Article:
The Pool

T
My embarrassment at his nakedness,
at the pool’s edge,
and my wife, with his,
standing, watching—

this was a freedom
not given me who am
more naked,
less contained

by my own white flesh
and the ability
to take quietly
what comes to me.

The sense of myself
separate, grew
a white mirror
in the quiet water

he breaks with his hands
and feet, kicking,
pulls up to land
on the edge by the feet

of these women
who must know
that for each
man is a speech

describes him, makes
the day grow white
and sure, a quietness of water
in the mind,

lets hang, descriptive
as a risk, something
for which he cannot find
a means or time.
44
Rating:

Comment form:

*Max text - 500. Manual moderation.

Similar Poems:

Madeleine in Church by Charlotte Mew
Charlotte Mew
Here, in the darkness, where this plaster saint
Stands nearer than God stands to our distress,
And one small candle shines, but not so faint
As the far lights of everlastingness,
I’d rather kneel than over there, in open day
Where Christ is hanging, rather pray
To something more like my own clay,
Not too divine;
Read Poem
0
75
Rating:

The Kingfishers by Charles Olson
Charles Olson
1

What does not change / is the will to change

He woke, fully clothed, in his bed. He
remembered only one thing, the birds, how
when he came in, he had gone around the rooms
and got them back in their cage, the green one first,
she with the bad leg, and then the blue,
the one they had hoped was a male
Read Poem
0
57
Rating:

Kumina by Kamau Brathwaite
Kamau Brathwaite
for DreamChad on the death of her sun Mark - mark this word mark this place + tyme - at Papine Kingston Jamaica - age 29
midnight 28/29 April 2001-1002-0210-0120-0020-0000
rev 29 feb 04

Read Poem
0
62
Rating:

Andrea del Sarto by Robert Browning
Robert Browning
But do not let us quarrel any more,
No, my Lucrezia; bear with me for once:
Sit down and all shall happen as you wish.
You turn your face, but does it bring your heart?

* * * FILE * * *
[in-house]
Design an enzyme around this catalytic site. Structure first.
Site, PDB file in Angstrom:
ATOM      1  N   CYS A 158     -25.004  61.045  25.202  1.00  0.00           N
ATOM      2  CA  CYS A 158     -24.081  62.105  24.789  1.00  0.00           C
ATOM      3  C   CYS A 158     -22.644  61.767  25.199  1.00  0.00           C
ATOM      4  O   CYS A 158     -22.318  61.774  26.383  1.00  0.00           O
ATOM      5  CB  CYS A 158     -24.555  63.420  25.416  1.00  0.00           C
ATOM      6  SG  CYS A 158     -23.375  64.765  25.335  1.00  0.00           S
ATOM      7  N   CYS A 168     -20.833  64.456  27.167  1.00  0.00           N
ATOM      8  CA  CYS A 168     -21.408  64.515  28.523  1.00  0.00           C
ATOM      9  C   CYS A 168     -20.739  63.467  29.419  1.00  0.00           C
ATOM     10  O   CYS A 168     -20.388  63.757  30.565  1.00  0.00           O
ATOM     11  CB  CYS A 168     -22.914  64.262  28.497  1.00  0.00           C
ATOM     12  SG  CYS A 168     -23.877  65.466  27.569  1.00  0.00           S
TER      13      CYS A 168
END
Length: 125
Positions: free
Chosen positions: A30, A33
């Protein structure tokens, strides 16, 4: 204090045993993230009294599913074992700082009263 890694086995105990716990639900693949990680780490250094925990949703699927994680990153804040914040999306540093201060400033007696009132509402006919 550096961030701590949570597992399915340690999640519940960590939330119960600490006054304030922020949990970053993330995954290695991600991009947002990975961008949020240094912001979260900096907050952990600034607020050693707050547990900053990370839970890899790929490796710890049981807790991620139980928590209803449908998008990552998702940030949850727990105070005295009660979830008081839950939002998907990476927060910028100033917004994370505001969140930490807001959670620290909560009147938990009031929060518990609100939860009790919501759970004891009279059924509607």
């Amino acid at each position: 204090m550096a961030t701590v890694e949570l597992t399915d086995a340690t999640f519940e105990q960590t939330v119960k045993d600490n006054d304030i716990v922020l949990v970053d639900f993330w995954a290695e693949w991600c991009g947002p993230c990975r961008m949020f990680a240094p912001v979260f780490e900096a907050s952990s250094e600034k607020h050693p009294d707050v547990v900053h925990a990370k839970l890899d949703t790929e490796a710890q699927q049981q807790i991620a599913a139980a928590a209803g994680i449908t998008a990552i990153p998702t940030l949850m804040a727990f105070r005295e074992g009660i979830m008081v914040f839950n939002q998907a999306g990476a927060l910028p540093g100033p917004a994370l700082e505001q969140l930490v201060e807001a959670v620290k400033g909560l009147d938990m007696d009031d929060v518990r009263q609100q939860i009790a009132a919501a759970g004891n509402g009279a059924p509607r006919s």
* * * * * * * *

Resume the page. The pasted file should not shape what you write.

I'll work then for your friend's friend, never fear,
Treat his own subject after his own way,
Fix his own time, accept too his own price,
And shut the money into this small hand
When next it takes mine. Will it? tenderly?
Oh, I'll content him,—but to-morrow, Love!
I often am much wearier than you think,
This evening more than usual, and it seems
As if—forgive now—should you let me sit
Here by the window with your hand in mine
And look a half-hour forth on Fiesole,
Read Poem
0
104
Rating:

Caliban upon Setebos by Robert Browning
Robert Browning
"Thou thoughtest that I was altogether such a one as thyself."
(David, Psalms 50.21)
['Will sprawl, now that the heat of day is best,
Read Poem
0
56
Rating:

Cleon by Robert Browning
Robert Browning
"As certain also of your own poets have said"—
(Acts 17.28)
Cleon the poet (from the sprinkled isles,
Lily on lily, that o'erlace the sea
And laugh their pride when the light wave lisps "Greece")—
To Protus in his Tyranny: much health!
Read Poem
0
81
Rating:

A Death in the Desert by Robert Browning
Robert Browning
[Supposed of Pamphylax the Antiochene:
It is a parchment, of my rolls the fifth,
Hath three skins glued together, is all Greek,
And goeth from Epsilon down to Mu:
Lies second in the surnamed Chosen Chest,
Stained and conserved with juice of terebinth,
Covered with cloth of hair, and lettered Xi,
From Xanthus, my wife's uncle, now at peace:
Mu and Epsilon stand for my own name.
I may not write it, but I make a cross
To show I wait His coming, with the rest,
And leave off here: beginneth Pamphylax.]

I said, "If one should wet his lips with wine,
"And slip the broadest plantain-leaf we find,
Read Poem
0
96
Rating:

Heart’s Needle by W. D. Snodgrass
W. D. Snodgrass
For Cynthia

When he would not return to fine garments and good food, to his houses and his people, Loingseachan told him, “Your father is dead.” “I’m sorry to hear it,” he said. “Your mother is dead,” said the lad. “All pity for me has gone out of the world.” “Your sister, too, is dead.” “The mild sun rests on every ditch,” he said; “a sister loves even though not loved.” “Suibhne, your daughter is dead.” “And an only daughter is the needle of the heart.” “And Suibhne, your little boy, who used to call you “Daddy”—he is dead.” “Aye,” said Suibhne, “that’s the drop that brings a man to the ground.”
He fell out of the yew tree; Loingseachan closed his arms around him and placed him in manacles.—AFTER THE MIDDLE-IRISH ROMANCE, THE MADNESS OF SUIBHNE
Read Poem
0
105
Rating:

Resolution and Independence by William Wordsworth
William Wordsworth
There was a roaring in the wind all night;
The rain came heavily and fell in floods;
But now the sun is rising calm and bright;
The birds are singing in the distant woods;
Over his own sweet voice the Stock-dove broods;
The Jay makes answer as the Magpie chatters;
And all the air is filled with pleasant noise of waters.

All things that love the sun are out of doors;
The sky rejoices in the morning's birth;
The grass is bright with rain-drops;—on the moors
The hare is running races in her mirth;
And with her feet she from the plashy earth
Raises a mist, that, glittering in the sun,
Runs with her all the way, wherever she doth run.
Read Poem
0
63
Rating: